For those of you who actively participate in social media such as Facebook, Twitter, LinkedIn, and others, you are undoubtedly aware of their growing importance and acceptance in our lives.
For just about every profession, social media has become a necessary extension of your online presence.
But for lawyers, social media may be doing a bit more.
Interestingly, there is a growing trend that may allow process service through social media.
At first blush, this may seem like a fast and easy solution to serving defendants. But such measures could be very problematic in the US, and may be impossible for international service of process, given existing treaties and conventions.
Facebook alone boasts a user base significantly larger than the entire population of North America. While service of process via such social media sources is not a mainstay of domestic service in the US, several countries have begun to adopt this as a method of service.
In 2008, an Australian court first allowed for service of process via Facebook, and courts in New Zealand have followed suit. In 2012, a High Court Judge in the UK also approved service of process via Facebook.
Even Twitter has been used to effect service in the UK. In September 2009, the High Court allowed an injunction against an anonymous blogger to be served via Twitter. A well-known British lawyer and conservative blogger, Donal Blaney, obtained an injunction after a previously-unknown blogger began impersonating him on the Internet.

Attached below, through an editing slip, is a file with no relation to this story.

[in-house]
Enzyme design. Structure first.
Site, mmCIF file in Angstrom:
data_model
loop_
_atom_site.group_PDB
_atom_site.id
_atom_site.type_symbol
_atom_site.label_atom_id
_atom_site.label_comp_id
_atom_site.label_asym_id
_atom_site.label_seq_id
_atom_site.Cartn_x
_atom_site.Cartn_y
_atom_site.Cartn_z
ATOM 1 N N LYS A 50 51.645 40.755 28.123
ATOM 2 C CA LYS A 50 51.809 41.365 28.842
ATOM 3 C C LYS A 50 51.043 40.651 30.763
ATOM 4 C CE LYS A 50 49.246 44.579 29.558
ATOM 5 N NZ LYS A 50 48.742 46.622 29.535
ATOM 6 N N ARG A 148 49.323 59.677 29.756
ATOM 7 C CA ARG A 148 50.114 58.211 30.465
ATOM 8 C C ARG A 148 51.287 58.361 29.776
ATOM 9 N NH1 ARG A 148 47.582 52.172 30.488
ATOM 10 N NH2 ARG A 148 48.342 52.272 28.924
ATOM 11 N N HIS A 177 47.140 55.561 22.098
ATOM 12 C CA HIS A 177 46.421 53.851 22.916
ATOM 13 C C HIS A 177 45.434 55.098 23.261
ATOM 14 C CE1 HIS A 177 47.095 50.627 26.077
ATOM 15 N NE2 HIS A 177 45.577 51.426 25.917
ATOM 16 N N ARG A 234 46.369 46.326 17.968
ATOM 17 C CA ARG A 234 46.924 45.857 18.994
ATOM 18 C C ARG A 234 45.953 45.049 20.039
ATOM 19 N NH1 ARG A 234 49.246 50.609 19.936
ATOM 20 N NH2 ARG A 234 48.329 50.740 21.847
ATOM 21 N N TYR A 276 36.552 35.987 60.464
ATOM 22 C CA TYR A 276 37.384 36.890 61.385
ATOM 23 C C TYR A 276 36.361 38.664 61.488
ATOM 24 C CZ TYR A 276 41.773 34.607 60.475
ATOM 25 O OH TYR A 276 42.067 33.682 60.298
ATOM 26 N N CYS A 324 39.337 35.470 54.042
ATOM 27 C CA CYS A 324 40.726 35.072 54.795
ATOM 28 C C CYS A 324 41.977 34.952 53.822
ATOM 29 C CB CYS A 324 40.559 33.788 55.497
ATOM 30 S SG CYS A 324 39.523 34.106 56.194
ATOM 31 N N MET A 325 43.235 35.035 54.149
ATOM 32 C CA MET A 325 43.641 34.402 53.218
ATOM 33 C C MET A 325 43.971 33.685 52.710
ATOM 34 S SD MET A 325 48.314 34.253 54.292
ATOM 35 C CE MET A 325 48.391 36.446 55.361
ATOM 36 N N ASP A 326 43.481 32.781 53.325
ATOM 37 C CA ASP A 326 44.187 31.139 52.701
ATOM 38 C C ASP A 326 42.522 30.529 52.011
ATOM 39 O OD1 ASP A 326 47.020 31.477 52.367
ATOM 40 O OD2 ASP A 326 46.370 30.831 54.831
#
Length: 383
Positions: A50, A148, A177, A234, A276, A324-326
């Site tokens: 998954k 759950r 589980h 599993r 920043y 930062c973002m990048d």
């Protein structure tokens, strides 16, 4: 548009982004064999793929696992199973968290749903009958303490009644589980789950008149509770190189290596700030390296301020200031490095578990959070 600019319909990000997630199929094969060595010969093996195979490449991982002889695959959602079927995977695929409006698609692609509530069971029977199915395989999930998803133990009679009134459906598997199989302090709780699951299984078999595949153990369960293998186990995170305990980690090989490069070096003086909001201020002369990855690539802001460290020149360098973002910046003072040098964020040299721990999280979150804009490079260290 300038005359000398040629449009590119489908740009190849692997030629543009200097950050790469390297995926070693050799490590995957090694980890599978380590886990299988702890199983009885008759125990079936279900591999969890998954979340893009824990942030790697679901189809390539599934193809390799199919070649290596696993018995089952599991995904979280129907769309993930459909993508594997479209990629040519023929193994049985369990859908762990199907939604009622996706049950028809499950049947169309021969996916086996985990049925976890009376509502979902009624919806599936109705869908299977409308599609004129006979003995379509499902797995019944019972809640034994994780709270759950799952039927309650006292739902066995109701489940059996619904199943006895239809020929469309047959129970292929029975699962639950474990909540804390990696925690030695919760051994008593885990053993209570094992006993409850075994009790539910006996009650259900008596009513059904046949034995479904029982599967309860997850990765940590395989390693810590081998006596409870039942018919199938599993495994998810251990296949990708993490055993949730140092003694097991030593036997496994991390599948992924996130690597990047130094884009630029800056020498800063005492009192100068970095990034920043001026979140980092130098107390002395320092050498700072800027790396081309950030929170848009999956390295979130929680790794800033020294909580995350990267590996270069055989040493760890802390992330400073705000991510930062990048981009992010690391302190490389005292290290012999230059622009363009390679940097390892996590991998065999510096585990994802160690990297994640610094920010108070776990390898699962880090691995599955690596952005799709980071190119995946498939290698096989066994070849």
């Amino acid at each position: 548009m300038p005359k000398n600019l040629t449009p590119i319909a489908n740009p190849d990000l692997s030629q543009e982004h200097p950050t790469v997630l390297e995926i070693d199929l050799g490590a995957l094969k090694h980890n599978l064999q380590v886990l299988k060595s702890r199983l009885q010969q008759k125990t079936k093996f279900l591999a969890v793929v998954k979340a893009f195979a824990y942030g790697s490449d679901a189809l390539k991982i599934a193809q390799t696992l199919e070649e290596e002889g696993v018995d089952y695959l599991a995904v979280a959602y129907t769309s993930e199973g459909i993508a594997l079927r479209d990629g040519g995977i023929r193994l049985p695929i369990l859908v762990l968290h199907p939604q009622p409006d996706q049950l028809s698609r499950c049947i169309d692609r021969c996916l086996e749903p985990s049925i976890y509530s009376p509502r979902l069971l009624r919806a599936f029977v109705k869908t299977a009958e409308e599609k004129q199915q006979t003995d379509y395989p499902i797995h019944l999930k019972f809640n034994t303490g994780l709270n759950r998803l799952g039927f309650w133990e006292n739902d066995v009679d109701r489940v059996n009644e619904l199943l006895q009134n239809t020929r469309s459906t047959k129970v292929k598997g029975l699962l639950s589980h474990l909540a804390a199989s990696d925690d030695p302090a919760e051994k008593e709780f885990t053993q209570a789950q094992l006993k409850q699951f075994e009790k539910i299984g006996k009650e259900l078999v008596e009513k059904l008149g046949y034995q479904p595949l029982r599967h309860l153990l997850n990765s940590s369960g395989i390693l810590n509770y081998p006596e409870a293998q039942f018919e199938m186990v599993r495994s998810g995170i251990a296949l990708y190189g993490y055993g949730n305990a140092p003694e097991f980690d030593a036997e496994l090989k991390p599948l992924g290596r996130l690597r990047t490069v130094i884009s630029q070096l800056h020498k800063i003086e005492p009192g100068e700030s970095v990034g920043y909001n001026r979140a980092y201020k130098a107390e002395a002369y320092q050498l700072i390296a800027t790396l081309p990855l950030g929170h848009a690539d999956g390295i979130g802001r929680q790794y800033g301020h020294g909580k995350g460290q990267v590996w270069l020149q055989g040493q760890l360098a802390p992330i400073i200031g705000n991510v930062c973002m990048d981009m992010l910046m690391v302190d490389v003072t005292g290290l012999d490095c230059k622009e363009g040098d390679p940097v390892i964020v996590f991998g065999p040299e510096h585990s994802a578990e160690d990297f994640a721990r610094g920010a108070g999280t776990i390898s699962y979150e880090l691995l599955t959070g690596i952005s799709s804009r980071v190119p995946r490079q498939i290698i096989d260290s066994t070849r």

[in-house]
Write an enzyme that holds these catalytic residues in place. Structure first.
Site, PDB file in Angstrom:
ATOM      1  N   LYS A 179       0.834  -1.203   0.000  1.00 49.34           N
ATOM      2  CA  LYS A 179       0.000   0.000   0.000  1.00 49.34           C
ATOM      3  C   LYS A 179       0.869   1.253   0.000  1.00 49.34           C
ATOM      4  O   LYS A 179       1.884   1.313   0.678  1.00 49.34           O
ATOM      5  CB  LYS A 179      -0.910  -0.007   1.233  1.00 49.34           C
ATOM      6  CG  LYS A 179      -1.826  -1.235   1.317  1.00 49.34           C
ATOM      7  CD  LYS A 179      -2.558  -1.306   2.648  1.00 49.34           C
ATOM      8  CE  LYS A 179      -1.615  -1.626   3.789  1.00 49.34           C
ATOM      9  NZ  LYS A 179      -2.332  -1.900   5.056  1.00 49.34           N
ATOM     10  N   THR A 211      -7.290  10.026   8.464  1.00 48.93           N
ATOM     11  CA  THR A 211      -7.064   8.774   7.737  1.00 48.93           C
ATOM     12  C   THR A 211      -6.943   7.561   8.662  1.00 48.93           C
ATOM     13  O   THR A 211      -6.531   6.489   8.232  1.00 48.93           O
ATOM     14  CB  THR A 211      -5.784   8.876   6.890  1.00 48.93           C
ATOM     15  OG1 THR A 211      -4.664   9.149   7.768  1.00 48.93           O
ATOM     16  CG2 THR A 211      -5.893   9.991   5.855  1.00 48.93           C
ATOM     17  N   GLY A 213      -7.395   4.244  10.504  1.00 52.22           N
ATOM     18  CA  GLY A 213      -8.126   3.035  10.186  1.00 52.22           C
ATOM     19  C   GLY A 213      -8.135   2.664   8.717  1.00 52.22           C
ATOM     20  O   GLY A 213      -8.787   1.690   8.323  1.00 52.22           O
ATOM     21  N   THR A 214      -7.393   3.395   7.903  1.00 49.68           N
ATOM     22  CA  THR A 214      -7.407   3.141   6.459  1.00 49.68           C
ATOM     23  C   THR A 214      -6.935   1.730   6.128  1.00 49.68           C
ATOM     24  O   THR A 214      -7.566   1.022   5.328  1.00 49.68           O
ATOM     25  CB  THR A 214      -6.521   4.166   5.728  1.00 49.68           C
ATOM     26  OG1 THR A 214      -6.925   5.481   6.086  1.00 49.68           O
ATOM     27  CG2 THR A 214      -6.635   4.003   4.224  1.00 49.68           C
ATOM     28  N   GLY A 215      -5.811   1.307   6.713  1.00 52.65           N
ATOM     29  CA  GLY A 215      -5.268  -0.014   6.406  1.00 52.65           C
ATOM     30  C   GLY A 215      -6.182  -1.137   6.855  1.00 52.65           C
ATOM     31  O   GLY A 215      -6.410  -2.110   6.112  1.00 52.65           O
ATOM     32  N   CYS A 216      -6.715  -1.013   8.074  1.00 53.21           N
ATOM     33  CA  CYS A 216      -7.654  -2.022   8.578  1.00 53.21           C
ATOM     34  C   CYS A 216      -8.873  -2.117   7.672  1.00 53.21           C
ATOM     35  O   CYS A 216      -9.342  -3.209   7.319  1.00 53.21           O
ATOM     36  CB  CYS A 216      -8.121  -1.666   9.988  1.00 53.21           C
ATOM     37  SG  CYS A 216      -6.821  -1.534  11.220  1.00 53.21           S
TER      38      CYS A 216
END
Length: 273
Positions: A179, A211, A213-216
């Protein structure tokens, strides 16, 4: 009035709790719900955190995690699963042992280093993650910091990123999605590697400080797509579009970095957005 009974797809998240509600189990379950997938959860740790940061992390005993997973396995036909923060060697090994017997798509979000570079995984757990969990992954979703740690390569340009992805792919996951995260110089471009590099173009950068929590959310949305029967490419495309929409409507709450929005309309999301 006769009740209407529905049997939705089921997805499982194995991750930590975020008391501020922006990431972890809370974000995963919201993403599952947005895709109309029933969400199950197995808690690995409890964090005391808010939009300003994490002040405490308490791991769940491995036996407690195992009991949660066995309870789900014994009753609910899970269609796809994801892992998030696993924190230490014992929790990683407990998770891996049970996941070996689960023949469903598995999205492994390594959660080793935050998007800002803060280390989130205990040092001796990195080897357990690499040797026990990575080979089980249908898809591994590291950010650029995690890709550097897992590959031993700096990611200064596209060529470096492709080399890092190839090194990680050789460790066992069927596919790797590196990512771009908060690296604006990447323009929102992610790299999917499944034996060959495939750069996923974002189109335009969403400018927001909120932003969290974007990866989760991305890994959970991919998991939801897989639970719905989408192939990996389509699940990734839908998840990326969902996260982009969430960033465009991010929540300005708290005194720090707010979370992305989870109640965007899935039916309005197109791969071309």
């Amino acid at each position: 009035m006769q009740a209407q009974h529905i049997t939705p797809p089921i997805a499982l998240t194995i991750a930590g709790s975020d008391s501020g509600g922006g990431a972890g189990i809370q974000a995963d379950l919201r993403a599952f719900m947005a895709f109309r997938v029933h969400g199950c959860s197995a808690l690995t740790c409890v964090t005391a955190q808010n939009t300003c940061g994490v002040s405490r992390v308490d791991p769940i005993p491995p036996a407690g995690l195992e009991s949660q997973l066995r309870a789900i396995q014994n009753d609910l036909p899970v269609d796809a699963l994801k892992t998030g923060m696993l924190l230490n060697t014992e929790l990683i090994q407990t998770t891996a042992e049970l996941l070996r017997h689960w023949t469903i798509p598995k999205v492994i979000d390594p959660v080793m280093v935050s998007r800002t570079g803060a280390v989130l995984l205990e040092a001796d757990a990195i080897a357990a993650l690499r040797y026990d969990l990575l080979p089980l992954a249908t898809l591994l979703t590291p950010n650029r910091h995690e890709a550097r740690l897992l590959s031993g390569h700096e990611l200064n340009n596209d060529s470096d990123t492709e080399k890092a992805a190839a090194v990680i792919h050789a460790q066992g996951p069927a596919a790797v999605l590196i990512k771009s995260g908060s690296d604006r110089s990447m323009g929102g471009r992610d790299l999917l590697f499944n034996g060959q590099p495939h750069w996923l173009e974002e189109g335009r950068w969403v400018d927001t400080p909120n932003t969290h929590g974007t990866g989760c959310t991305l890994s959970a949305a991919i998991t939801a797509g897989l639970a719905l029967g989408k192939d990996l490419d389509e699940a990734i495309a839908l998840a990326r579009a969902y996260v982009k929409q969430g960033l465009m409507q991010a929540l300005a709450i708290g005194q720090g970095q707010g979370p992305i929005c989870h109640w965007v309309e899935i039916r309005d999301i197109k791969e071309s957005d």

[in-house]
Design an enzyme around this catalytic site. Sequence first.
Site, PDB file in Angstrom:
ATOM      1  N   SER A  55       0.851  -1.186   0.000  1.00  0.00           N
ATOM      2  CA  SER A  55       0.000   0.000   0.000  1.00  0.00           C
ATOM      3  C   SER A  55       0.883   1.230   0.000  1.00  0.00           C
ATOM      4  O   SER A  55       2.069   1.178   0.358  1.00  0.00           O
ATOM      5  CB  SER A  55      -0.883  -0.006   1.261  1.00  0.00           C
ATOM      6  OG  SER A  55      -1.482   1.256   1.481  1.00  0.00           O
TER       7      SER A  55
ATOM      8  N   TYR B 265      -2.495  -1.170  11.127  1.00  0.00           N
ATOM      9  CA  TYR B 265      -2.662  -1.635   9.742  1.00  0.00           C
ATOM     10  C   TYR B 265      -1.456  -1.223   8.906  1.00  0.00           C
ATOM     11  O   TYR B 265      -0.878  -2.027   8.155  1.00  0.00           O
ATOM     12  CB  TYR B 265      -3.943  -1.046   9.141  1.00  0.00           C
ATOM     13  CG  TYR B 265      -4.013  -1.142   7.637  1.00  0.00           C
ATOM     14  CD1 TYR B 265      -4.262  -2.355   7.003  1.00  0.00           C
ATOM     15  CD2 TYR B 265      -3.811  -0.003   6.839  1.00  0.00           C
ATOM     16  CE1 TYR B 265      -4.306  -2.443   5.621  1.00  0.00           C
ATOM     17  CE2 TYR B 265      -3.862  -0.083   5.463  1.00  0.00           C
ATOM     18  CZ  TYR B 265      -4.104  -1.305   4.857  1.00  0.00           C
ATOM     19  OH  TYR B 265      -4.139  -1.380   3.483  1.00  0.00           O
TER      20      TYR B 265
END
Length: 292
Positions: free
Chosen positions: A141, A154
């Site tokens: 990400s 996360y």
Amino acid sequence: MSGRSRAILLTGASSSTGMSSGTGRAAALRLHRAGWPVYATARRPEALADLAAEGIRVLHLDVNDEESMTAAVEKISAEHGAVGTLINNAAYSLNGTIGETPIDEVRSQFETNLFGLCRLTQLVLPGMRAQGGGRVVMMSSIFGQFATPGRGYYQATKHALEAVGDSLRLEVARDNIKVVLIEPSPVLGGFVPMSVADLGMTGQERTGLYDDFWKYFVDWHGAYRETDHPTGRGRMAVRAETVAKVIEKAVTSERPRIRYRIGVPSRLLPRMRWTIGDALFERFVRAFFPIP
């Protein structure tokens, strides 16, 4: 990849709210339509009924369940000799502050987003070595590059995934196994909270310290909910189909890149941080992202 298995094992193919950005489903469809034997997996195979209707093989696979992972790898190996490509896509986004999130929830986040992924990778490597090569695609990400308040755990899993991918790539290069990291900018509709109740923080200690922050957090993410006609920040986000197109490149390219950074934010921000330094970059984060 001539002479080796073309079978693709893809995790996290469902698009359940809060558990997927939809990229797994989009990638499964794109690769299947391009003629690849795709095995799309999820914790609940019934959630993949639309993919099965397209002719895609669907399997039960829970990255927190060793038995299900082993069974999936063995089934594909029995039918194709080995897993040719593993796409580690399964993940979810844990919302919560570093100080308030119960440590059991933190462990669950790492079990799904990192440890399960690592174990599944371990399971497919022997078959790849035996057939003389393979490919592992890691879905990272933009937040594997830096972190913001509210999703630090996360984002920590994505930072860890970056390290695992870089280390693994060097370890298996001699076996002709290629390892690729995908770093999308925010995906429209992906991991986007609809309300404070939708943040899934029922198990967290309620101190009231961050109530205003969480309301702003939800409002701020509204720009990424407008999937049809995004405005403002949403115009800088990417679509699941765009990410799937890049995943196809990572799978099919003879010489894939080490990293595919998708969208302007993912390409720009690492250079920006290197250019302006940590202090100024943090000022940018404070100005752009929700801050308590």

Canadian attorneys also routinely obtain orders to serve documents via Facebook when a defendant cannot be personally found or is actively trying to evade service.
Service by Email Uncommon in US
US courts, on the other hand, have been slow to allow service via social media or other electronic means. Indeed, service by email is still an uncommon practice in the US, although some courts have allowed such “alternative service” to occur.
In Snyder v. Energy Inc., 857 N.Y.S.2d 442 (2008), a defendant corporation was not registered with the New York Secretary of State and the plaintiff was unable to find a place where the defendant or its president could be physically served.
Plaintiffs showed the court that they made reasonable efforts to locate a current physical address to serve defendants. Plaintiffs also showed the court that they had the president’s email address and they sent an email requesting a physical address to serve process, but their emails went unanswered.
The court held that “service by email was reasonably calculated, under the circumstances, to apprise the corporation and the president of the action, and was an appropriate form of service.”
According to this and other US court decisions, the granting of a request of service of process through email may depend on the facts of each case and the state court to decide it. See also Rio Props. v. Rio Int’l Interlink, 284 F.3d 1007 (9th Cir. 2002) (finding email service upon an internet gambling business was an appropriate alternative service given the particular facts of the case).
Service of Process in the US via Social Media
Similarly, while service via social media has not gained widespread acceptance for domestic service in the US, there appear to be several states where courts are courting the idea as a possible “alternative” means of service upon defendants who are otherwise impossible to find and/or evasive and whose actions have frustrated more traditional service methods.